Credit: William Hook

Storm Henk: grants available for affected farmers  

Eligible farmers in England who suffered damage to their land during Storm Henk that was uninsurable, will now be contacted by the Rural Payments Agency (RPA) about a grant to help cover the costs of returning the land to the condition it was in before it flooded.  

The Farming Recovery Fund supports the cost of reinstating agricultural land which flooded between 2 and 12 January 2024. The fund forms part of a broader scheme called the Flood Recovery Framework which is activated in exceptional circumstances to support councils and communities following severe flooding.  

The fund will initially be open in those local authority areas where the Flood Recovery Framework has already been activated to help farms which have experienced the highest levels of flooding.These are Gloucestershire, Leicestershire, Lincolnshire, Nottinghamshire, Somerset, Warwickshire, West Northamptonshire, Wiltshire and Worcestershire.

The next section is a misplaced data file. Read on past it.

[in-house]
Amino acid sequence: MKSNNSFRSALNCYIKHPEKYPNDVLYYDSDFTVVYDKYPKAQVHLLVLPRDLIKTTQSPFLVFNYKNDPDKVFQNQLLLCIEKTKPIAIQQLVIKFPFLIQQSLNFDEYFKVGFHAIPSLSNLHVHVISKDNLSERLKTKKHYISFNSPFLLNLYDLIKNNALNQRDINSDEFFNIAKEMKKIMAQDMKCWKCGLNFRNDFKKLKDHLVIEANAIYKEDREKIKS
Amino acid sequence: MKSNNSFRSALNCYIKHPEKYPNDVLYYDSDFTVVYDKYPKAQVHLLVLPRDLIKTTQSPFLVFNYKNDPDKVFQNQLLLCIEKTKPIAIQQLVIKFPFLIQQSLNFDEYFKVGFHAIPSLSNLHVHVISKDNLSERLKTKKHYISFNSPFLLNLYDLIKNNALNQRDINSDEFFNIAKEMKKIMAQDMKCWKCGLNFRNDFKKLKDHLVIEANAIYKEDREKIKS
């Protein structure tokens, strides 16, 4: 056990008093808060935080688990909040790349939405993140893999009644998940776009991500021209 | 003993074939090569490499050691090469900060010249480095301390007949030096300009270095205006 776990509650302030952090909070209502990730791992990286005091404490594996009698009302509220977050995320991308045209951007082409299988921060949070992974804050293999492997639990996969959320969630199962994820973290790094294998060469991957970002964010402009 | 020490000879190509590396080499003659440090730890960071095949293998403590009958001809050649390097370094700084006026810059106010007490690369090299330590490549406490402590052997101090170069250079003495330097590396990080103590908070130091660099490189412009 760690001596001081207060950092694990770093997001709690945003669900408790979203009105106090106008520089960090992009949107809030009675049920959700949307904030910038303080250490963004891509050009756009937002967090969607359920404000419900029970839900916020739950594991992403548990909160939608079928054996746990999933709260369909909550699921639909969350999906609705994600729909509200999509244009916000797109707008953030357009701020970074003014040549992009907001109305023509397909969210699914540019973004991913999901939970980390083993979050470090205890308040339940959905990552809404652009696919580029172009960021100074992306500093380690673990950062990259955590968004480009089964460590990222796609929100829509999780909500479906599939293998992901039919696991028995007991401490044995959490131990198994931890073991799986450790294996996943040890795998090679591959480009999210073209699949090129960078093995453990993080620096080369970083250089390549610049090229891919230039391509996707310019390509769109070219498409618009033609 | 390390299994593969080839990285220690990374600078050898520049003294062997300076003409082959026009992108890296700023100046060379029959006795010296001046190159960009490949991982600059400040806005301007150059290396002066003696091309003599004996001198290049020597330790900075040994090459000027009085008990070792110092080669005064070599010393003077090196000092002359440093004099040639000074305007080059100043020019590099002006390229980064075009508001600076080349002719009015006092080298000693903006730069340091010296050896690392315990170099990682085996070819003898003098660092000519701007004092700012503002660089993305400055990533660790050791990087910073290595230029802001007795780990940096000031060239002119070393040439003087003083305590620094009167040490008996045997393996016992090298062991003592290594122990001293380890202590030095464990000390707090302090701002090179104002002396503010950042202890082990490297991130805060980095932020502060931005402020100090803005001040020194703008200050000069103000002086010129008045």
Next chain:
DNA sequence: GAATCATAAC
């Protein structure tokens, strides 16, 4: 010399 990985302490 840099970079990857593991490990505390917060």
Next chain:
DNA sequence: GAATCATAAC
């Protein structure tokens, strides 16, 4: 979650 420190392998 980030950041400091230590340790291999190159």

Eligibility for the fund will remain under review by Defra to ensure it is supporting areas where farmland is most impacted. The further counties under review are Berkshire, Herefordshire, Oxfordshire, Surrey, Staffordshire, Yorkshire, Norfolk and Derbyshire.  

Read more about the support, including details of eligibility. 

Credit: Mike Finn

Delinked payments transfer deadline 

The delinked payments transfer window is now open. You can transfer some or all of your reference amount to another business until 10 May 2024 (11.59pm) – you’ll need full business permissions to either view or transfer reference data. (The 10 May 2024 deadline will not apply in inheritance cases.)